New travel restrictions for both Alaskans and nonresidents coming into the state will go into effect on Aug. 11.
The details of the revisions have been discussed at prior news conferences, but Thursday, the state released the text of the revised travel mandate and Alaska Department of Health and Social Services sent out a news release detailing the changes.
All travelers will need to complete a travel declaration form and self-isolation plan in the Alaska Travel Portal, according to Alaska Department of Health and Social Services. All travelers with negative results must still follow strict social distancing for 14 days after arriving into the state or until the traveler receives a second negative test result from a test taken 7-14 days after arrival.The five-day pretest option is no longer available for any travelers.
For nonresidents, a test will be required 72 hours before departure, according to DHSS, and they will have to upload negative results to Alaska Travel Portal or have the results available to show screeners. If results are still pending at the time of travel, travelers will need to upload proof of a test taken or have that proof on hand to show to screeners.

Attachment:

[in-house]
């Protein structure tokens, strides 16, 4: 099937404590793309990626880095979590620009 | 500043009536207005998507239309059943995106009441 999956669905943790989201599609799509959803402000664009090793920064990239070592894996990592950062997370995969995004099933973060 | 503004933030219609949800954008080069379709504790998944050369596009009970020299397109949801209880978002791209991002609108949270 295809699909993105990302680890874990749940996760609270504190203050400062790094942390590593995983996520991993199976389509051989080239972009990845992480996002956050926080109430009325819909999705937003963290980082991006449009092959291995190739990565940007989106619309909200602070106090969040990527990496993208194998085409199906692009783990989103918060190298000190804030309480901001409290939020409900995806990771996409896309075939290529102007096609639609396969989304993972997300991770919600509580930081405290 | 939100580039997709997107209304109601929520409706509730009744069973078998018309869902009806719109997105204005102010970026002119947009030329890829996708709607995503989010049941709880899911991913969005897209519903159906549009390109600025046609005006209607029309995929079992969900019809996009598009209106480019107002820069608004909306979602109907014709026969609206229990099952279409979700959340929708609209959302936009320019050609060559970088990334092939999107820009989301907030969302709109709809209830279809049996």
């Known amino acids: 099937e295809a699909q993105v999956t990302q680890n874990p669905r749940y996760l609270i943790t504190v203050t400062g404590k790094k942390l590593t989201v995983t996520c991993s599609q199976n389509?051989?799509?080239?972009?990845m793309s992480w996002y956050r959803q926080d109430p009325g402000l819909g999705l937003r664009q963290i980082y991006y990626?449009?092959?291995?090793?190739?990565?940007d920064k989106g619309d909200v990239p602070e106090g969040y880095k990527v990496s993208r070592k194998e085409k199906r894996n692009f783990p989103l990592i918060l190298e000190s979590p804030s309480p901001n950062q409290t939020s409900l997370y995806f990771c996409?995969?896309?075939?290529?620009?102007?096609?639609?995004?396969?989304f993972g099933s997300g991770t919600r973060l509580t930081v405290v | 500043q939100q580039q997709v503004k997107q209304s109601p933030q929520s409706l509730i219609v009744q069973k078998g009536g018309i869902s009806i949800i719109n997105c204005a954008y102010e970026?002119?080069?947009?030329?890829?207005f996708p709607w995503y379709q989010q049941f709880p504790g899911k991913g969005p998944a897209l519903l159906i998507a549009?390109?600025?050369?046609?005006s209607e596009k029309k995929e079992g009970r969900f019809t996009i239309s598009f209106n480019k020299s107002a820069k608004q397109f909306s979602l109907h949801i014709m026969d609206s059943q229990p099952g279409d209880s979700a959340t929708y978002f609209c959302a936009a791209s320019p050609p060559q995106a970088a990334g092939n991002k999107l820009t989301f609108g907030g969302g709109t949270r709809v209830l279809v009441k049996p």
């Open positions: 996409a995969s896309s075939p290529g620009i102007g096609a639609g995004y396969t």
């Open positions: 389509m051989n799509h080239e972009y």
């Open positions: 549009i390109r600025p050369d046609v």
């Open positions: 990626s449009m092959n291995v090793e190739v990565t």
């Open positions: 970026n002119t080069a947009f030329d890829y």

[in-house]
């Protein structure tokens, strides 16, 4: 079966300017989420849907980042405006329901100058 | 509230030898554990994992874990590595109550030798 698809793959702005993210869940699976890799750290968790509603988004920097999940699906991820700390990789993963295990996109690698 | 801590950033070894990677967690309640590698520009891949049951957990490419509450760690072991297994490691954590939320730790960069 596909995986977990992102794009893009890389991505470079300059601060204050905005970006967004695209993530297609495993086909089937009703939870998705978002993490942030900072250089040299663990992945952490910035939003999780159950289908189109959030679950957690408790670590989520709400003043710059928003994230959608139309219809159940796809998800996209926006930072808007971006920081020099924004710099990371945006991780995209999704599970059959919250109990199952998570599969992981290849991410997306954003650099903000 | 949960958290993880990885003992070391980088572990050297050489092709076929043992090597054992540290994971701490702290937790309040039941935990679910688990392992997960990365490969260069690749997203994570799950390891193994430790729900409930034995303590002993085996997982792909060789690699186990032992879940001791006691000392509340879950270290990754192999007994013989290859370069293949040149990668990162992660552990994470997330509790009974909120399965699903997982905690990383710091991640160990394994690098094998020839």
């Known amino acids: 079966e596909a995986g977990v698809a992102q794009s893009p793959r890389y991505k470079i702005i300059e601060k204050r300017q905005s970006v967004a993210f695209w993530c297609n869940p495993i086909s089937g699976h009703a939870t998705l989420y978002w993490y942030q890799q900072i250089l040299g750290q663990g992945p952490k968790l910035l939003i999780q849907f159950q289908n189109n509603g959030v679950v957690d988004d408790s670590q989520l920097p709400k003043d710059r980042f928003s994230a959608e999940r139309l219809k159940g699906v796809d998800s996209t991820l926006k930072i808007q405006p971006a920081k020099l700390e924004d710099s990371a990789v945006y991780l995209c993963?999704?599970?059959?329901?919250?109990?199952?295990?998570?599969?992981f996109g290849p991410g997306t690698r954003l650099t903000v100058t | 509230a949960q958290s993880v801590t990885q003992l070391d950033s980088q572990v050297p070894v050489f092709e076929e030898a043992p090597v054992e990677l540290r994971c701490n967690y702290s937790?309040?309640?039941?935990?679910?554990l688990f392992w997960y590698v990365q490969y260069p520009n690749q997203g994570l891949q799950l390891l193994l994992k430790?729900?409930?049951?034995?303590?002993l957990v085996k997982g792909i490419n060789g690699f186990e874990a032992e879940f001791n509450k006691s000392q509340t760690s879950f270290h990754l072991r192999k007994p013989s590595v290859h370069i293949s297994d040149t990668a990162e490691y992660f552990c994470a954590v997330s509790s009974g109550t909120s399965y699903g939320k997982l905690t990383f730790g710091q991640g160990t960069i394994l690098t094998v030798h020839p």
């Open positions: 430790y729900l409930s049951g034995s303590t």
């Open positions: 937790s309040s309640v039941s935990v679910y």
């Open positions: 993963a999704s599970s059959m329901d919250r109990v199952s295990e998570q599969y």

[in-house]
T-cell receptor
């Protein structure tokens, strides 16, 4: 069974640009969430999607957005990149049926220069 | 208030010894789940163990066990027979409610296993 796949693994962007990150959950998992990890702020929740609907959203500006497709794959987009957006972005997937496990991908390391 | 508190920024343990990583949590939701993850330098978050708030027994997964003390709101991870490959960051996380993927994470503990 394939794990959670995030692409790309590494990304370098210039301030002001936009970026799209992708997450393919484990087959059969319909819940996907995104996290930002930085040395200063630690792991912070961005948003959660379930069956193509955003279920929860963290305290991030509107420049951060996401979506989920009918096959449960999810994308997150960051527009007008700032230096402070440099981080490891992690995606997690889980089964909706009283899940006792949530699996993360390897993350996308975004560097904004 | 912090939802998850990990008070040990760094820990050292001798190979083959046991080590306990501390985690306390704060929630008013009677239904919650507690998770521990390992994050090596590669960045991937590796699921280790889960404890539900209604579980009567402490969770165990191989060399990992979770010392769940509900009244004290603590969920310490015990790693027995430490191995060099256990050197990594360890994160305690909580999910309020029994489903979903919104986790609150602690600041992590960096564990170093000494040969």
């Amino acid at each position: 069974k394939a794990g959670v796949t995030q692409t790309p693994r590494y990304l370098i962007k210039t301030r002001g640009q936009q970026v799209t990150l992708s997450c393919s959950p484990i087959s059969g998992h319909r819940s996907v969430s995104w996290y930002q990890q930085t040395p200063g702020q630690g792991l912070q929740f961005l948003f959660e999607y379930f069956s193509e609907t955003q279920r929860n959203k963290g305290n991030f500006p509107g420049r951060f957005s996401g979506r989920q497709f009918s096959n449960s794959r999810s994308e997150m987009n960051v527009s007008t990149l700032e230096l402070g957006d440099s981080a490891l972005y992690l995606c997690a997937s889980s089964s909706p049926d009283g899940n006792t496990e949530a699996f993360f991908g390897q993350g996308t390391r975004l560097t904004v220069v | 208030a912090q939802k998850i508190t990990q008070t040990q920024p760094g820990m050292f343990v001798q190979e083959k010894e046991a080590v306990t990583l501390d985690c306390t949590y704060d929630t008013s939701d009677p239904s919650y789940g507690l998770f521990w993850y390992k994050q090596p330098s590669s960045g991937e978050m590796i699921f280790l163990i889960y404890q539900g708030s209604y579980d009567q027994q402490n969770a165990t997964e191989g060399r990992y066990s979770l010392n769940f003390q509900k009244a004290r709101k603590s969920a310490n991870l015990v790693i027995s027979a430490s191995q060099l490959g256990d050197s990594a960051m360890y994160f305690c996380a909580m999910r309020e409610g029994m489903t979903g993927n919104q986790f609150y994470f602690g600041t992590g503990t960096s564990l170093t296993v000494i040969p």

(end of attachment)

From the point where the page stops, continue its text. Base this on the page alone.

Nonresident travelers awaiting results will be able to self-quarantine at their expense while waiting for results, which must be uploaded to the portal when received, according to DHSS.
If a nonresident has not been tested within 72 hours, testing will be available onsite for $250 per test. Travelers will have to quarantine while awaiting results. A 14-day quarantine is no longer an option for nonresidents.
Residents should be tested within 72 hours of departure; however, testing on arrival remains available at no cost to Alaska residents, the 14-day quarantine is still available to residents and residents traveling within the state will be able to be tested for free at airport sites, according to DHSS. The testing for in-state travel is to mitigate risk of spreading COVID-19 to small villages.
Proof of Alaska residency can be shown with a driver’s license or ID, a tribal ID, active-duty military ID or active duty dependent ID, according to DHSS. A letter on employer or school letterhead can be used for a person starting schooling or employment in Alaska.
Critical infrastructure employees will no longer be able to use state-funded testing at airport sites, according to DHSS. Critical infrastructure companies and organizations will be asked to provide employees with a letter on company letterhead stating the traveler is a critical infrastructure working traveling for work. The letters must include travel plans and confirm that the traveler is following the employer’s plan on file with the state.